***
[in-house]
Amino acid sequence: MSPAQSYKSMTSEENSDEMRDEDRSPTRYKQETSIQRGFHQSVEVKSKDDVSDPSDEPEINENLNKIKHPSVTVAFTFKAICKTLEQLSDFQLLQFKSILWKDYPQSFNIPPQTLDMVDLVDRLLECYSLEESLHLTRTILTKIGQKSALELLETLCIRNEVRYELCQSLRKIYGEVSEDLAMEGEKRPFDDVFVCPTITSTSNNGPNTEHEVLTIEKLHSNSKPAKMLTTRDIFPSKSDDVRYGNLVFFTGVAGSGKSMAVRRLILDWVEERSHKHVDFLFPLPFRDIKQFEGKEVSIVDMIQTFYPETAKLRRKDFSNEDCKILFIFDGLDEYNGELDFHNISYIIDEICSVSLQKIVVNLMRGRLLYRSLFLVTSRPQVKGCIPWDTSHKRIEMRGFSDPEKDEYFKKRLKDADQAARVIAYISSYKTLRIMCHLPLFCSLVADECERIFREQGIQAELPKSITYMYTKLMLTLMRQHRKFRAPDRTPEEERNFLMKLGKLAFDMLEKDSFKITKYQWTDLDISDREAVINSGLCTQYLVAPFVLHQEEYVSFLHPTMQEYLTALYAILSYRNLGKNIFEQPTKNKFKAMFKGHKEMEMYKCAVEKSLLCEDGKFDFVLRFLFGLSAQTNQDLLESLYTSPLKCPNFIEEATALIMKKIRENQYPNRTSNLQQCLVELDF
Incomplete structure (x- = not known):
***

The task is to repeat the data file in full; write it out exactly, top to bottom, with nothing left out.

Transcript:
[in-house]
Amino acid sequence: MSPAQSYKSMTSEENSDEMRDEDRSPTRYKQETSIQRGFHQSVEVKSKDDVSDPSDEPEINENLNKIKHPSVTVAFTFKAICKTLEQLSDFQLLQFKSILWKDYPQSFNIPPQTLDMVDLVDRLLECYSLEESLHLTRTILTKIGQKSALELLETLCIRNEVRYELCQSLRKIYGEVSEDLAMEGEKRPFDDVFVCPTITSTSNNGPNTEHEVLTIEKLHSNSKPAKMLTTRDIFPSKSDDVRYGNLVFFTGVAGSGKSMAVRRLILDWVEERSHKHVDFLFPLPFRDIKQFEGKEVSIVDMIQTFYPETAKLRRKDFSNEDCKILFIFDGLDEYNGELDFHNISYIIDEICSVSLQKIVVNLMRGRLLYRSLFLVTSRPQVKGCIPWDTSHKRIEMRGFSDPEKDEYFKKRLKDADQAARVIAYISSYKTLRIMCHLPLFCSLVADECERIFREQGIQAELPKSITYMYTKLMLTLMRQHRKFRAPDRTPEEERNFLMKLGKLAFDMLEKDSFKITKYQWTDLDISDREAVINSGLCTQYLVAPFVLHQEEYVSFLHPTMQEYLTALYAILSYRNLGKNIFEQPTKNKFKAMFKGHKEMEMYKCAVEKSLLCEDGKFDFVLRFLFGLSAQTNQDLLESLYTSPLKCPNFIEEATALIMKKIRENQYPNRTSNLQQCLVELDF
Incomplete structure (x- = not known):